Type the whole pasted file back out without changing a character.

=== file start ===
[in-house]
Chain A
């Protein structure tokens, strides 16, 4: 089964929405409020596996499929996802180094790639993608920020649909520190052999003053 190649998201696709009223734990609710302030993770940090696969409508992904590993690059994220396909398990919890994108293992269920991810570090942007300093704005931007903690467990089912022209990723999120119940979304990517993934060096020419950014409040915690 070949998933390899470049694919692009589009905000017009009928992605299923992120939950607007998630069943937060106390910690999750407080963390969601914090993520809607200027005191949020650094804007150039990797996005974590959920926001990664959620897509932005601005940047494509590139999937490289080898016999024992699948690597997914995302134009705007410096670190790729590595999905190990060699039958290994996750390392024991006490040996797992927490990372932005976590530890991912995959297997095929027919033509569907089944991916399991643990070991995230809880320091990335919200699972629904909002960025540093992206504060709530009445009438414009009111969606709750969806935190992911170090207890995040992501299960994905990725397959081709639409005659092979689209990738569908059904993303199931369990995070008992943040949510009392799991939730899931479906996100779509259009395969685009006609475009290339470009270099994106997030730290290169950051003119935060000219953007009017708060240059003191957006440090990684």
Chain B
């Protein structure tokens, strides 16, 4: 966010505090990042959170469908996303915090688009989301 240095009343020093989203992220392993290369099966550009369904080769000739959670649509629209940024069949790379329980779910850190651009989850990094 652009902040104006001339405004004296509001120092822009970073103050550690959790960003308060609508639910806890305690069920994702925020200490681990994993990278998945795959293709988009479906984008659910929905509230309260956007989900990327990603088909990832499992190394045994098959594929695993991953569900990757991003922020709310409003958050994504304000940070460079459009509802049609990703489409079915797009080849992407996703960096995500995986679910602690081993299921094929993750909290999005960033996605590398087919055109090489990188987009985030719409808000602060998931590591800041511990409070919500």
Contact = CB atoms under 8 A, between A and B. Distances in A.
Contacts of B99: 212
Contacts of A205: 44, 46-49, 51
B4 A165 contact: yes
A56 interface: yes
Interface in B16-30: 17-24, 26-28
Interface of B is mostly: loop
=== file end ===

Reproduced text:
[in-house]
Chain A
């Protein structure tokens, strides 16, 4: 089964929405409020596996499929996802180094790639993608920020649909520190052999003053 190649998201696709009223734990609710302030993770940090696969409508992904590993690059994220396909398990919890994108293992269920991810570090942007300093704005931007903690467990089912022209990723999120119940979304990517993934060096020419950014409040915690 070949998933390899470049694919692009589009905000017009009928992605299923992120939950607007998630069943937060106390910690999750407080963390969601914090993520809607200027005191949020650094804007150039990797996005974590959920926001990664959620897509932005601005940047494509590139999937490289080898016999024992699948690597997914995302134009705007410096670190790729590595999905190990060699039958290994996750390392024991006490040996797992927490990372932005976590530890991912995959297997095929027919033509569907089944991916399991643990070991995230809880320091990335919200699972629904909002960025540093992206504060709530009445009438414009009111969606709750969806935190992911170090207890995040992501299960994905990725397959081709639409005659092979689209990738569908059904993303199931369990995070008992943040949510009392799991939730899931479906996100779509259009395969685009006609475009290339470009270099994106997030730290290169950051003119935060000219953007009017708060240059003191957006440090990684």
Chain B
């Protein structure tokens, strides 16, 4: 966010505090990042959170469908996303915090688009989301 240095009343020093989203992220392993290369099966550009369904080769000739959670649509629209940024069949790379329980779910850190651009989850990094 652009902040104006001339405004004296509001120092822009970073103050550690959790960003308060609508639910806890305690069920994702925020200490681990994993990278998945795959293709988009479906984008659910929905509230309260956007989900990327990603088909990832499992190394045994098959594929695993991953569900990757991003922020709310409003958050994504304000940070460079459009509802049609990703489409079915797009080849992407996703960096995500995986679910602690081993299921094929993750909290999005960033996605590398087919055109090489990188987009985030719409808000602060998931590591800041511990409070919500």
Contact = CB atoms under 8 A, between A and B. Distances in A.
Contacts of B99: 212
Contacts of A205: 44, 46-49, 51
B4 A165 contact: yes
A56 interface: yes
Interface in B16-30: 17-24, 26-28
Interface of B is mostly: loop